By Ed Zaworski and Lina Rodriguez Salamanca, Plant Pathologists
The first step in managing a plant or insect problem is to know what is causing the symptoms observed. An accurate pathogen or insect pest identification is one of the most important integrated pest management (IPM) tactics leading to a successful management strategy.
So how do you determine what is causing a particular set of symptoms? Sometimes different pests, diseases and disorders cause similar symptoms. How can these be differentiated?
One option that many farmers and agribusiness affiliates take advantage of is the Iowa State University Plant and Insect Diagnostic Clinic (PIDC). At the PIDC, we diagnose plant problems, identify insects and provide management advice. Our team in the lab includes an entomologist, Laura Jesse and two plant pathologists, Lina Rodriguez Salamanca and Ed Zaworski. As diagnosticians, it is our job to help solve the issues for you. Send us a sample, we are here to help.
Submitting a Good Sample
Once you have decided to send a sample, it is very important to submit a sample that is of good quality.
If the sample we receive is in poor condition, we may not be able to make an accurate diagnosis. Also, if the sample is allowed to degrade (left in a warm vehicle for example), secondary fungi and bacteria can colonize on the plant sample tissue. If these organisms move in, it is often difficult to detect the pathogen or insect pest that was harming your crops to begin with.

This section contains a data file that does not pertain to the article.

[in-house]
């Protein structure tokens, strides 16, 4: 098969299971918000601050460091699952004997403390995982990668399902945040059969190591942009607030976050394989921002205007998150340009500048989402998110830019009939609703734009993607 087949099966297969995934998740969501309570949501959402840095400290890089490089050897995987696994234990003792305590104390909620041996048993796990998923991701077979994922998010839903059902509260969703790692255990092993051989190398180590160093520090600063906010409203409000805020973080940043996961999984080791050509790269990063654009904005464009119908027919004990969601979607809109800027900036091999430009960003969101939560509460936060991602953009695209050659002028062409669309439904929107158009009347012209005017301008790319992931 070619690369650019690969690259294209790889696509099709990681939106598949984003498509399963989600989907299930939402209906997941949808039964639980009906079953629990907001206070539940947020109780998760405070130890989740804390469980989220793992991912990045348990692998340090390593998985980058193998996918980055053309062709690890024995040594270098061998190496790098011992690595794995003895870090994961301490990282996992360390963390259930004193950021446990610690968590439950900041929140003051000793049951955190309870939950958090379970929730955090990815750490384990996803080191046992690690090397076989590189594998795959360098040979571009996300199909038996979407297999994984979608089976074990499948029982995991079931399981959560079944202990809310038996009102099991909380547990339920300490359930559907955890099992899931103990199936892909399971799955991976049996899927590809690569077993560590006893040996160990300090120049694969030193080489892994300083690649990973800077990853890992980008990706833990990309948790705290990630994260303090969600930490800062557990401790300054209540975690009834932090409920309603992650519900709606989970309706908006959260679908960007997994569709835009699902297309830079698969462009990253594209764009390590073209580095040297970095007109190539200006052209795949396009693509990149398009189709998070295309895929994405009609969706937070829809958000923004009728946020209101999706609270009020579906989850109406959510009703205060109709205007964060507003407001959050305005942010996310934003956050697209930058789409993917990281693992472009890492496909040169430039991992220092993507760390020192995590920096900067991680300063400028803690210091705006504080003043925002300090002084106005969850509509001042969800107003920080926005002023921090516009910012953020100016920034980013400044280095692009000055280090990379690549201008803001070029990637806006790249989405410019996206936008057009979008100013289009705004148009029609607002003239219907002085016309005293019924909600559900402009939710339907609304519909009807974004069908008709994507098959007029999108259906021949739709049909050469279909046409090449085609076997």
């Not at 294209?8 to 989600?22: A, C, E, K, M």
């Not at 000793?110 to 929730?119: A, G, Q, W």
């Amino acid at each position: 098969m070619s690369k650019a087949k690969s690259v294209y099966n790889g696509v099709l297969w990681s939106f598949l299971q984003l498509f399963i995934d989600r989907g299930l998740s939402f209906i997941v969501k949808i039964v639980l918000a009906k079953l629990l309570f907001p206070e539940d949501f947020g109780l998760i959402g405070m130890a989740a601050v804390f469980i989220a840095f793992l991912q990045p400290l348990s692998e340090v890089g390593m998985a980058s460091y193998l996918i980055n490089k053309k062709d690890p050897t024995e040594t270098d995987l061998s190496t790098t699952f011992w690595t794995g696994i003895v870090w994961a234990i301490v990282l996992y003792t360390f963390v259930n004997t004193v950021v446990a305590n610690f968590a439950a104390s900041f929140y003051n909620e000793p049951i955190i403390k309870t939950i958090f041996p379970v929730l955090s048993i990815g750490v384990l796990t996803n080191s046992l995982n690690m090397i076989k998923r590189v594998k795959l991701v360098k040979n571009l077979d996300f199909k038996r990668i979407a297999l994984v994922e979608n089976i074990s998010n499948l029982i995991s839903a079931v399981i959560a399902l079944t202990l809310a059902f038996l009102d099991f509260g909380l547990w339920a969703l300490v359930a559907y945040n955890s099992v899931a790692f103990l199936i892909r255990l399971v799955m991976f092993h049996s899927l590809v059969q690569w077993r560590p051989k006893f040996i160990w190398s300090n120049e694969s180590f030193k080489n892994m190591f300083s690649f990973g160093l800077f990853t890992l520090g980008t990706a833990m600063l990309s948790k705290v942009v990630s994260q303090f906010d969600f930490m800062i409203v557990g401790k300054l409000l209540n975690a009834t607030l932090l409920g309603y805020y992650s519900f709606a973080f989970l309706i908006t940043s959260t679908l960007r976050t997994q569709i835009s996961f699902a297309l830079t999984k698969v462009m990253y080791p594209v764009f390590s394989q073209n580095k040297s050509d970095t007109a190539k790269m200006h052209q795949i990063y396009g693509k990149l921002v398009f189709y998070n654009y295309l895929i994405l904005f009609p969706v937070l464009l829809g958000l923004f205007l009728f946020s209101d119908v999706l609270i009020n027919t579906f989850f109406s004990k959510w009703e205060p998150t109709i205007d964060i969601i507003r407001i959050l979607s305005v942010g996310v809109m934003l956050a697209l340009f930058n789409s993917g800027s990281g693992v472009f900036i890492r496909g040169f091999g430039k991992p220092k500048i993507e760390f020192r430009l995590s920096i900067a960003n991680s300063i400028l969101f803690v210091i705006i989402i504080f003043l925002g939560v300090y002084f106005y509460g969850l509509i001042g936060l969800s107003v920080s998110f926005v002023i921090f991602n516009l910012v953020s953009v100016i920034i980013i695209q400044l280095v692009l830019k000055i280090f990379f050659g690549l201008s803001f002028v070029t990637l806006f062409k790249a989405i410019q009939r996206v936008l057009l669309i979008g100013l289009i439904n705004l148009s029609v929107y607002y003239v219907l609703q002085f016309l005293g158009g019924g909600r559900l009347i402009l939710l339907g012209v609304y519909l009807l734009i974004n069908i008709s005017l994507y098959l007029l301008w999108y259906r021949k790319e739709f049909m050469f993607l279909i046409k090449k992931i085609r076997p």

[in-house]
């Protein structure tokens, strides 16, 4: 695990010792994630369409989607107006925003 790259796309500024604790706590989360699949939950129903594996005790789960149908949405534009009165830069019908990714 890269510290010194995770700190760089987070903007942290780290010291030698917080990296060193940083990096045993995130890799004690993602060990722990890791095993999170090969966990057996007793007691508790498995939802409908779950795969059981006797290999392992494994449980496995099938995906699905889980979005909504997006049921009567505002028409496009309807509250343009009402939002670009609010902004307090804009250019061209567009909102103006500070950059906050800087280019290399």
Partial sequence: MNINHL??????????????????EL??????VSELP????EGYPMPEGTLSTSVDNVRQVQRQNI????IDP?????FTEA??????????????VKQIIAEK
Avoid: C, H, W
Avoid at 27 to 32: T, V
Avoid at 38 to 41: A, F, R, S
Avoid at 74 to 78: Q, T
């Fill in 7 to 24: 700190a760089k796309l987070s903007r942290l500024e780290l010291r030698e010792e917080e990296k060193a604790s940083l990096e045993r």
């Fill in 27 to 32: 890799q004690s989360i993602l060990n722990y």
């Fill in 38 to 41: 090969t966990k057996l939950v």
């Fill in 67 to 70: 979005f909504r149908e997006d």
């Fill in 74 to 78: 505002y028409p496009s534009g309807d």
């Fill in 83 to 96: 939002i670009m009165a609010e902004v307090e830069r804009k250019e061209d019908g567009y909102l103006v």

In many situations, it is important to submit the whole plant, especially during the early stages of plant development. Sending the whole plant gives us the opportunity to examine both the roots and the foliage of the plant. When you send the entire plant, it is a good idea to dig up the roots rather than to pull the plant from the ground. Pulling a plant from the ground can rip away the infected tissue, which reduced the likelihood of us finding the pathogen. An important tip: when digging up a root ball, wrap the soil in something like newspaper or a plastic bag. Wrapping up the roots will keep the soil off the plant foliage.
We need plenty of plant tissue to work with as it allows us to see a range of symptoms and run multiple types of diagnostic tests. When submitting foliage samples, make sure to gather lots of plant tissue. Send at least 6-8 plants when sending a whole plant sample.
As a reminder, we do not test for herbicide or other residues in plant tissue, but we can examine the symptoms to determine if it appears to match symptoms associated with exposure to herbicides or other chemicals.
- DO NOT add water to the sample.
- Submit sample in plastic bags rather than paper (paper bags dry out the samples).
- Wrap root balls in newspaper or plastic to keep the soil separate from the foliage.
- Take pictures in the field, especially of symptom patterns, and close-ups of symptom details (see our guide on how to send us sample http://www.ipm.iastate.edu/ipm/info/files/documents/page/262/466.pdf).
- Provide lots of written information — the more, the better: seed treatment, crop variety or cultivar, chemical application history, the pattern observed or distribution in the field, crop history (or rotation), etc.
- More general tips can be found at: http://www.ipm.iastate.edu/ipm/info/submit/plant#General_Tips_for_Sample_Submission_including_packaging_and_mailing
The PIDC has made 41 diagnoses on corn and soybeans in 2015, and this number is growing. There have been quite a few cases of herbicide damage and some root rot pathogens (Table 1.). We do not test for herbicide residue in plant tissue so assessments of herbicide damage are based only on visual symptoms.
With the rain and the high humidity that has been sweeping across Iowa, we expect to start seeing more foliar disease symptoms coming to the clinic. We have already received a handful of northern corn leaf blight samples as well as our first Goss’s wilt sample on corn.